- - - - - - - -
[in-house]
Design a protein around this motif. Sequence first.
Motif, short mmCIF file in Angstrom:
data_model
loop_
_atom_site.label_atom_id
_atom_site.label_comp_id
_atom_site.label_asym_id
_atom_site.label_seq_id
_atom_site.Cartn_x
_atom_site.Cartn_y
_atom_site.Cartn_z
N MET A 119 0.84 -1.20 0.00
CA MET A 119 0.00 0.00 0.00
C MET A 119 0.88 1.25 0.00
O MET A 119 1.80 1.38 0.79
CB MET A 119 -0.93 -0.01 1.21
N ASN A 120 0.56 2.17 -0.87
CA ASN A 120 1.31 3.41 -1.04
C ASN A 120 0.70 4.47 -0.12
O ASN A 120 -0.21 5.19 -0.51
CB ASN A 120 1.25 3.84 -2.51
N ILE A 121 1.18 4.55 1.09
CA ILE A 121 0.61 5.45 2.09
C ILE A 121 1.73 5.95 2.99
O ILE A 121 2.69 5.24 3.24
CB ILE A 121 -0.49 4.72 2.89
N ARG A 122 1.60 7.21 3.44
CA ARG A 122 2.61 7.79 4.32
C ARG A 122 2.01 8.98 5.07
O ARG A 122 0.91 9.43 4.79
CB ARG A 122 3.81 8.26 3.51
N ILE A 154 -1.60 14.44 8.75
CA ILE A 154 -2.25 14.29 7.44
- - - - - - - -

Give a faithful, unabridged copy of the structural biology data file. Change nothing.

[in-house]
Design a protein around this motif. Sequence first.
Motif, short mmCIF file in Angstrom:
data_model
loop_
_atom_site.label_atom_id
_atom_site.label_comp_id
_atom_site.label_asym_id
_atom_site.label_seq_id
_atom_site.Cartn_x
_atom_site.Cartn_y
_atom_site.Cartn_z
N MET A 119 0.84 -1.20 0.00
CA MET A 119 0.00 0.00 0.00
C MET A 119 0.88 1.25 0.00
O MET A 119 1.80 1.38 0.79
CB MET A 119 -0.93 -0.01 1.21
N ASN A 120 0.56 2.17 -0.87
CA ASN A 120 1.31 3.41 -1.04
C ASN A 120 0.70 4.47 -0.12
O ASN A 120 -0.21 5.19 -0.51
CB ASN A 120 1.25 3.84 -2.51
N ILE A 121 1.18 4.55 1.09
CA ILE A 121 0.61 5.45 2.09
C ILE A 121 1.73 5.95 2.99
O ILE A 121 2.69 5.24 3.24
CB ILE A 121 -0.49 4.72 2.89
N ARG A 122 1.60 7.21 3.44
CA ARG A 122 2.61 7.79 4.32
C ARG A 122 2.01 8.98 5.07
O ARG A 122 0.91 9.43 4.79
CB ARG A 122 3.81 8.26 3.51
N ILE A 154 -1.60 14.44 8.75
CA ILE A 154 -2.25 14.29 7.44